Business leaders see better public services as key election issue
Quality of life now key to attracting and retaining staff, company bosses say
‘Foreign investors would prefer to travel an hour by motorway from Dublin airport, rather than spending non-productive time in Dublin traffic,’ says former PayPal vice-president Louise Phelan. Photograph Nick Bradshaw
As Ireland enters what looks likely to be a whirlwind general election campaign ahead of the February 8th poll, it can at times seem that politics has never been so upside-down. Left-wing parties such as Sinn Féin and People Before Profit oppose the property tax even though it’s widely regarded as the most efficient way of redistributing wealth from the property “rich” to the working “poor”.
At the same time, the State’s main business lobby, Ibec, prioritises public spending over tax cuts while highlighting the “proliferation of private wealth” that runs alongside capacity-constrained public services.
Ibec’s director of policy and public affairs, Fergal O’Brien, says the number one issue for business right now is how they can attract and retain the right people. And this, he says, relates directly to issues of infrastructure, environment and quality of life.
“Businesses are talking about the problem in terms of housing, in terms of congestion pressures, in terms of childcare pressures,” O’Brien says. “So ‘quality of life’ is the issue of the day for business in a way it’s never been before in a general election.”
Since 2014, the Irish economy has grown by over 50 per cent, largely as a result of a spike in investment and employment, almost exclusively in the private sector. More than 400,000 jobs have been created.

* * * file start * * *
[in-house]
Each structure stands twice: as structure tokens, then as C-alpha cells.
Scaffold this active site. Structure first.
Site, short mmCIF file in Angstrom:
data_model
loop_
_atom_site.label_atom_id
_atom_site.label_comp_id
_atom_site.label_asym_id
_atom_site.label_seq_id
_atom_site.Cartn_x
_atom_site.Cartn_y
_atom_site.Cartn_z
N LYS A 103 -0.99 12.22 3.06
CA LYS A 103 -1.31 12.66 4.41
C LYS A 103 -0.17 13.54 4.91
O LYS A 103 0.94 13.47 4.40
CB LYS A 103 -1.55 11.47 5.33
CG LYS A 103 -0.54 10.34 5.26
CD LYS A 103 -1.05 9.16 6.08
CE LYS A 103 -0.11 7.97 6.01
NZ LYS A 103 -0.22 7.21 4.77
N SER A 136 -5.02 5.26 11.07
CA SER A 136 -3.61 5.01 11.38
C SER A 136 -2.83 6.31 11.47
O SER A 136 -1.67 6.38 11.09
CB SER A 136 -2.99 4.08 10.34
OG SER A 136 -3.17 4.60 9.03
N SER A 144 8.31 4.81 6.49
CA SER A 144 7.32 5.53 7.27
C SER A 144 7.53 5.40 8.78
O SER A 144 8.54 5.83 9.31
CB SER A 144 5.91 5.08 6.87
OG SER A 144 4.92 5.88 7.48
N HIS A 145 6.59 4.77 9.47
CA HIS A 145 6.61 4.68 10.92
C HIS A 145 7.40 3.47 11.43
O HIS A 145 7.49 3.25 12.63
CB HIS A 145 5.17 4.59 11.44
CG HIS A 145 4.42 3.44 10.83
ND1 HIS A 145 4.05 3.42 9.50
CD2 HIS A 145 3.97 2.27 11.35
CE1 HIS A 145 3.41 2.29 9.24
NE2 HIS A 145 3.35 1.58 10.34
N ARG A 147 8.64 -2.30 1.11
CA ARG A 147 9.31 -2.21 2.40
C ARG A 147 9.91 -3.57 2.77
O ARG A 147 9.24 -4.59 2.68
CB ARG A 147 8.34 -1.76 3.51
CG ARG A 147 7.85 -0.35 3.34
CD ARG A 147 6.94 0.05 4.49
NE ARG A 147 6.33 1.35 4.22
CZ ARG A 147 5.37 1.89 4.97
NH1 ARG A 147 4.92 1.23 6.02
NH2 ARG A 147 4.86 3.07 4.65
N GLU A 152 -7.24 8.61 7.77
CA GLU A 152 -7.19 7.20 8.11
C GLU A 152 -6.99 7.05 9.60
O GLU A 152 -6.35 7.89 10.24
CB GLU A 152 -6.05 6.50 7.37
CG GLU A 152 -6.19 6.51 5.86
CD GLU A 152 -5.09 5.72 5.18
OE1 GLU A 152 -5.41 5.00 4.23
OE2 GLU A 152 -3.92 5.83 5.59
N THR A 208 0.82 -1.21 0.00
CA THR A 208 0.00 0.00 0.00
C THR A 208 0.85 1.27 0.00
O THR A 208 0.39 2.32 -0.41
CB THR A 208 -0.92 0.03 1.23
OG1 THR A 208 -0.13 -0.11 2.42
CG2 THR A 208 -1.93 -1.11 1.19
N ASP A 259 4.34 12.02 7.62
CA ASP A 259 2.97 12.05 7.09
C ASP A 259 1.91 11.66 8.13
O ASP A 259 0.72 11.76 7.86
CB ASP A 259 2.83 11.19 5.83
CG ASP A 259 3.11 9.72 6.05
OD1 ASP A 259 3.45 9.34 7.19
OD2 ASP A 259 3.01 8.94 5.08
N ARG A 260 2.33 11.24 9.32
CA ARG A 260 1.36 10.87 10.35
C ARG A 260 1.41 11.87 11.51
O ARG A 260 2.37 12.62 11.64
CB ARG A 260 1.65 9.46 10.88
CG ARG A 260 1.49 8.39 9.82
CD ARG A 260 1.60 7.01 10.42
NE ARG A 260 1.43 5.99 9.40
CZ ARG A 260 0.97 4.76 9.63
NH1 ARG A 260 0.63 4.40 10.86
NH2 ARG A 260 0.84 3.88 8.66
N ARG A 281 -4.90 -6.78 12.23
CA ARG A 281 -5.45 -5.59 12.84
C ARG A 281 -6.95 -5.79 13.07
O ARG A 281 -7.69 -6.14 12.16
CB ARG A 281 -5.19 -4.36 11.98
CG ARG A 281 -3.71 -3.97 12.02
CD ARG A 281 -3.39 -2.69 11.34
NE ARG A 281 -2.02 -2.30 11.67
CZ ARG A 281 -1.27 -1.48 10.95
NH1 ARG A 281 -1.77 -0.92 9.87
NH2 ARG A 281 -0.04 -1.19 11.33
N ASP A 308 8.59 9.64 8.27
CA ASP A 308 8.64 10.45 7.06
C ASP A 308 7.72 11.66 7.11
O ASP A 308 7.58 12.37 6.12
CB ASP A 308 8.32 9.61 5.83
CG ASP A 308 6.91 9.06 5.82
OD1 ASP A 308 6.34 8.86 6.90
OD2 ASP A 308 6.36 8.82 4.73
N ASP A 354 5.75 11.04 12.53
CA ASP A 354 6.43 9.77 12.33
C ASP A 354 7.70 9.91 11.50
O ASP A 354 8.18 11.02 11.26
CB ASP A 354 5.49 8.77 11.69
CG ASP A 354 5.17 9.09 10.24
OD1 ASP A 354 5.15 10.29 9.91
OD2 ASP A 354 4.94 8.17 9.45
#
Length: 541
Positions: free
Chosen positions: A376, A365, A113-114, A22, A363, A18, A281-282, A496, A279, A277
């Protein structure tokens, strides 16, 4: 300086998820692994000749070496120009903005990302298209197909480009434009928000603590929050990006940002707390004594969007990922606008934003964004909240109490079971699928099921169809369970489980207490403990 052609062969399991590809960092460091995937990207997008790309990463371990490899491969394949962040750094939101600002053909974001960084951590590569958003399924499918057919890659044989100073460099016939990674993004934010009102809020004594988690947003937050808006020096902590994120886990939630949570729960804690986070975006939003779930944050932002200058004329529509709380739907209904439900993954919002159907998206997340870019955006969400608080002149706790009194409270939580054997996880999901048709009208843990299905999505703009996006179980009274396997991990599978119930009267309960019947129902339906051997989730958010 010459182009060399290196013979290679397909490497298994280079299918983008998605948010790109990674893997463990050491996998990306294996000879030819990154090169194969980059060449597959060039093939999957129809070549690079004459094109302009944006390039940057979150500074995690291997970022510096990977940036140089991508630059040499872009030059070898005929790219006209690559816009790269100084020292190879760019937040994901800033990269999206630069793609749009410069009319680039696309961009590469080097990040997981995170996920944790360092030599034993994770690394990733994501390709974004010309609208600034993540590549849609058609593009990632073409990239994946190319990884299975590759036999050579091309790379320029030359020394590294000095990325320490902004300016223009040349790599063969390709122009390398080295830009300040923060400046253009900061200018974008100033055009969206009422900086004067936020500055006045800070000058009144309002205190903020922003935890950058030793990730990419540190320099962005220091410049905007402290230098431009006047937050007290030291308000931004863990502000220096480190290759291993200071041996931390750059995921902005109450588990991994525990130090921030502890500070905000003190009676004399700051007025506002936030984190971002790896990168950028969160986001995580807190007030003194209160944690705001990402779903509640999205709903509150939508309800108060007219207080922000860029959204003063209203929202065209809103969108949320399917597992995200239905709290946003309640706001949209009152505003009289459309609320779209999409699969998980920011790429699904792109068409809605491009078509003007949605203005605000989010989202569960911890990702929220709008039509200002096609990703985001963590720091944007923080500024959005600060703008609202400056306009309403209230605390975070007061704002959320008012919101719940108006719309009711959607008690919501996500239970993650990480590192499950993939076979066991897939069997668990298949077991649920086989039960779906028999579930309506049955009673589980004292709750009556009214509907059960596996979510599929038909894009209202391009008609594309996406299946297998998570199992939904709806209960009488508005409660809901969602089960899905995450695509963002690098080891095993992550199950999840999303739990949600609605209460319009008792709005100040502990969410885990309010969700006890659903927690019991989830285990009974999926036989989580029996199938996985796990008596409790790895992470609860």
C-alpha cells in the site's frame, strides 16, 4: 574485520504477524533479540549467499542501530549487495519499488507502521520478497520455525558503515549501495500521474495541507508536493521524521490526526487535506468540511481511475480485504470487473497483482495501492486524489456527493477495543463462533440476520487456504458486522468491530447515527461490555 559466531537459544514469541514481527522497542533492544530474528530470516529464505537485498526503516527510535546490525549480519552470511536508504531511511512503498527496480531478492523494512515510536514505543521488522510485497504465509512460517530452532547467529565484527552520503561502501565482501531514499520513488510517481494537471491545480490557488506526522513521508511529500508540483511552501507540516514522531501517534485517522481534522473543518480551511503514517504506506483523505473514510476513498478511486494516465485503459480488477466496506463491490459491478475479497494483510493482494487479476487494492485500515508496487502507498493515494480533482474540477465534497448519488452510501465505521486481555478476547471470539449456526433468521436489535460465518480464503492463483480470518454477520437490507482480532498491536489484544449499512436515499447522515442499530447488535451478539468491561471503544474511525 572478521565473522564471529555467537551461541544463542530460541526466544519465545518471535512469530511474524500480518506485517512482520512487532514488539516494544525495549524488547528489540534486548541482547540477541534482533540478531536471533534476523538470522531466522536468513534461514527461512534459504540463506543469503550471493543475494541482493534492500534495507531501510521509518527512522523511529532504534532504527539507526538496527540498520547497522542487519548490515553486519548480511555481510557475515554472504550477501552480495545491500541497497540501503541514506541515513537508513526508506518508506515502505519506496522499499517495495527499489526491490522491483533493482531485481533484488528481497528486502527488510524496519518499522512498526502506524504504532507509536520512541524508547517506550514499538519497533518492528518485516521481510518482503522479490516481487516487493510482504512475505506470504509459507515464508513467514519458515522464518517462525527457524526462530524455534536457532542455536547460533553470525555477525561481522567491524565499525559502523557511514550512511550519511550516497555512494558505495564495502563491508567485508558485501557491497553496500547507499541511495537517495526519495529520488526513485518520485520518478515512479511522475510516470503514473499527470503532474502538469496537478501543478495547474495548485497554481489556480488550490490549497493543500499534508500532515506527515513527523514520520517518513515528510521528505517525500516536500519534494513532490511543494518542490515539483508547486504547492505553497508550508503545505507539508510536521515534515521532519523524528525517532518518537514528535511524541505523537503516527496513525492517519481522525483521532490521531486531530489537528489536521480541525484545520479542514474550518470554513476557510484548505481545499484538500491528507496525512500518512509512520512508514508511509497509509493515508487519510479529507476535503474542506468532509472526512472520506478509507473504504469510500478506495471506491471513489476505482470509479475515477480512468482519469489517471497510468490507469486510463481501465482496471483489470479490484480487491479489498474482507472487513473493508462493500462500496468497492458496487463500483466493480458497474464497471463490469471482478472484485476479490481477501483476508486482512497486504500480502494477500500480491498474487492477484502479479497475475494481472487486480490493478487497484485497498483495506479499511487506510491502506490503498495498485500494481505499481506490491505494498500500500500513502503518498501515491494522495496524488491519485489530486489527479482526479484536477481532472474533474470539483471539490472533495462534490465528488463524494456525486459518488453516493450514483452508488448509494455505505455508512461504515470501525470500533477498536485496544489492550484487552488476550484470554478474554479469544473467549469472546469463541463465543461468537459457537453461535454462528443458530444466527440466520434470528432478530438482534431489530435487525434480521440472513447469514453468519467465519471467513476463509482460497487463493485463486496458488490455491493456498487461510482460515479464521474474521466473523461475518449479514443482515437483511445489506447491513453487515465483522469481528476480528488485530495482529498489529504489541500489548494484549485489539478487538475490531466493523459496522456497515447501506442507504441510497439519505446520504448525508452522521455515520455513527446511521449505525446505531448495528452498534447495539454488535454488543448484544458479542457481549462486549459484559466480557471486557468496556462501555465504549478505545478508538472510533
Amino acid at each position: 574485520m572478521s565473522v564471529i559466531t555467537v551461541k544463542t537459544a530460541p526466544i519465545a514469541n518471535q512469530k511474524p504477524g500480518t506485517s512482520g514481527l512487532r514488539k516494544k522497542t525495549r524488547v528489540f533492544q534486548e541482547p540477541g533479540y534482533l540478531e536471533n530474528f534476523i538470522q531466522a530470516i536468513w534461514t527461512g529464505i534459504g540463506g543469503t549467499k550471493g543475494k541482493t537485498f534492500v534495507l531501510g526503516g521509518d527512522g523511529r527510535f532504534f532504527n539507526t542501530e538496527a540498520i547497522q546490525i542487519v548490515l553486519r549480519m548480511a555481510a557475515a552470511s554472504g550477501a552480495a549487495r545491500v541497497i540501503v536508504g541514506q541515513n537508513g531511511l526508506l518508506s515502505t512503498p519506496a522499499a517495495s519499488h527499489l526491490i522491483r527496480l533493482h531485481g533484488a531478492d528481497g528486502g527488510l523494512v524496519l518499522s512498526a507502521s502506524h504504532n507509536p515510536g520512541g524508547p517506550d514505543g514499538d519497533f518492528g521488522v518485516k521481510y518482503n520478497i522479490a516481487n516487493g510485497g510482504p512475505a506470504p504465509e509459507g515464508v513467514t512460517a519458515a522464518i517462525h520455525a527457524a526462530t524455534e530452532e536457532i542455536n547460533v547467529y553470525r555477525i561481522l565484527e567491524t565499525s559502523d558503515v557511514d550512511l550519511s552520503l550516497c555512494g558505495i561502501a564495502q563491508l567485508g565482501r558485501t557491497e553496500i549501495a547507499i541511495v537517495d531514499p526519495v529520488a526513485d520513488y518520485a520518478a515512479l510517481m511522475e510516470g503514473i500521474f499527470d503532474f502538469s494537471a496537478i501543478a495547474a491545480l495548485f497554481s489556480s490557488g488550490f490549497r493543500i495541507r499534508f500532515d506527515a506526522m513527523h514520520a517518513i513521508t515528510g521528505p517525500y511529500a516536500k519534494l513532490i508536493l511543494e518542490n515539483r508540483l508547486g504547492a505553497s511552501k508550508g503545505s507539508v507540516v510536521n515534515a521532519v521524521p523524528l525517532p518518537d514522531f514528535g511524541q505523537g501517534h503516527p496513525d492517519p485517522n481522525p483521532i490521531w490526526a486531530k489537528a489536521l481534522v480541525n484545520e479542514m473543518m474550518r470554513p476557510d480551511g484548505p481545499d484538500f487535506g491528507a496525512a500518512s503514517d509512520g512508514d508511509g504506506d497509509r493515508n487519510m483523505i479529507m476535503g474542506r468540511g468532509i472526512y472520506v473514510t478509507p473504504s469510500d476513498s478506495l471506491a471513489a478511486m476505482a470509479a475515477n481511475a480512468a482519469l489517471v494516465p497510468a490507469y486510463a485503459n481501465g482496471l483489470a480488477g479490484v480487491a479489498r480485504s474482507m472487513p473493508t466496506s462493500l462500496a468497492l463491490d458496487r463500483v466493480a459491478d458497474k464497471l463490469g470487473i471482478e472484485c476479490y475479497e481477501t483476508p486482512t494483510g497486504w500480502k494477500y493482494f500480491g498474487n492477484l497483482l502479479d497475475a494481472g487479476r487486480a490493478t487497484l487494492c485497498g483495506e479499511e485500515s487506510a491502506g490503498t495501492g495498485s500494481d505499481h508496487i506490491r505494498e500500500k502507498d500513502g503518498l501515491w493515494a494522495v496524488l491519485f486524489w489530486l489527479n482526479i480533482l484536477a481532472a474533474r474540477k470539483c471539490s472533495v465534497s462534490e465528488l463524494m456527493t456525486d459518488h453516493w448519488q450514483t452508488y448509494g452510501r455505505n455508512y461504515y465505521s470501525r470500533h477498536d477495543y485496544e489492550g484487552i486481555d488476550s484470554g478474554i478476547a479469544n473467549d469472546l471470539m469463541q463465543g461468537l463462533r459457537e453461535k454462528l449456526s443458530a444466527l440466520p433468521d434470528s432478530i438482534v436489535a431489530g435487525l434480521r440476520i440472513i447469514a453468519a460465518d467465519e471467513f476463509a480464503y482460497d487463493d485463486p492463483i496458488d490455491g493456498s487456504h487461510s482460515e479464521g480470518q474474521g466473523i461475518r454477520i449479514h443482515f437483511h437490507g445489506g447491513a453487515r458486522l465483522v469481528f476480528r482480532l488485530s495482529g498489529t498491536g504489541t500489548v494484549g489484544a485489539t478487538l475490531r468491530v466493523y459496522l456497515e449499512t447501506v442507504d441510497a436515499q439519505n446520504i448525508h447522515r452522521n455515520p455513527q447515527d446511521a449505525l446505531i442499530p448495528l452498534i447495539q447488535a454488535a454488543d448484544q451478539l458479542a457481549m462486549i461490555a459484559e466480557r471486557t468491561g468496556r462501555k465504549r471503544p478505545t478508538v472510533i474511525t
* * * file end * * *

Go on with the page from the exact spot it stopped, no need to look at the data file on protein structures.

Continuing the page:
“The private sector is surging and the public sector right now is struggling to keep up with this hyper-globalised economy,” O’Brien says, noting that for every one job created in the public sector, 25 have been created in the private sector. This has created infrastructural bottlenecks across the economy, from housing and health to water and broadband.
If you strip out GDP, and just look at disposable household income, it’s 50 per cent higher than in the UK
As a result, businesses are increasingly faced with challenges outside of their control, O’Brien says, “challenges related to how their staff get to work, where their staff can live, where their staff can access childcare”.
“The prosperity is evident all around us and the social challenges that we have are, to a large degree, a consequence of public services struggling to keep up rather than not having sufficient income or sufficient prosperity,” he says.
“If you strip out GDP, and just look at disposable household income, it’s 50 per cent higher than in the UK,” he says.
Ibec will next week launch its pre-election manifesto, prioritising a call for more investment in public services. A long-standing complaint has been that the EU’s fiscal rules are keeping Government spending and therefore public services in check when the resources are available.
Even the Government’s top spending official, Robert Watt, has questioned the appropriateness of the current rules for small countries at this stage of the economic cycle.
If the current resources are not spent to relieve capacity constraints, we’ll end up with another wage/price spiral, O’Brien says. That will undermine the competitiveness of the economy in much the same way as happened at the height of the boom last time around.
He says there is currently almost €1 billion of a reserve sitting in the National Training Fund, paid for by a levy on employers, “and we’re unable to spend that money to resolve the under-funding in higher education or on some of the upskilling challenges facing the economy, partly because of the fiscal rules.”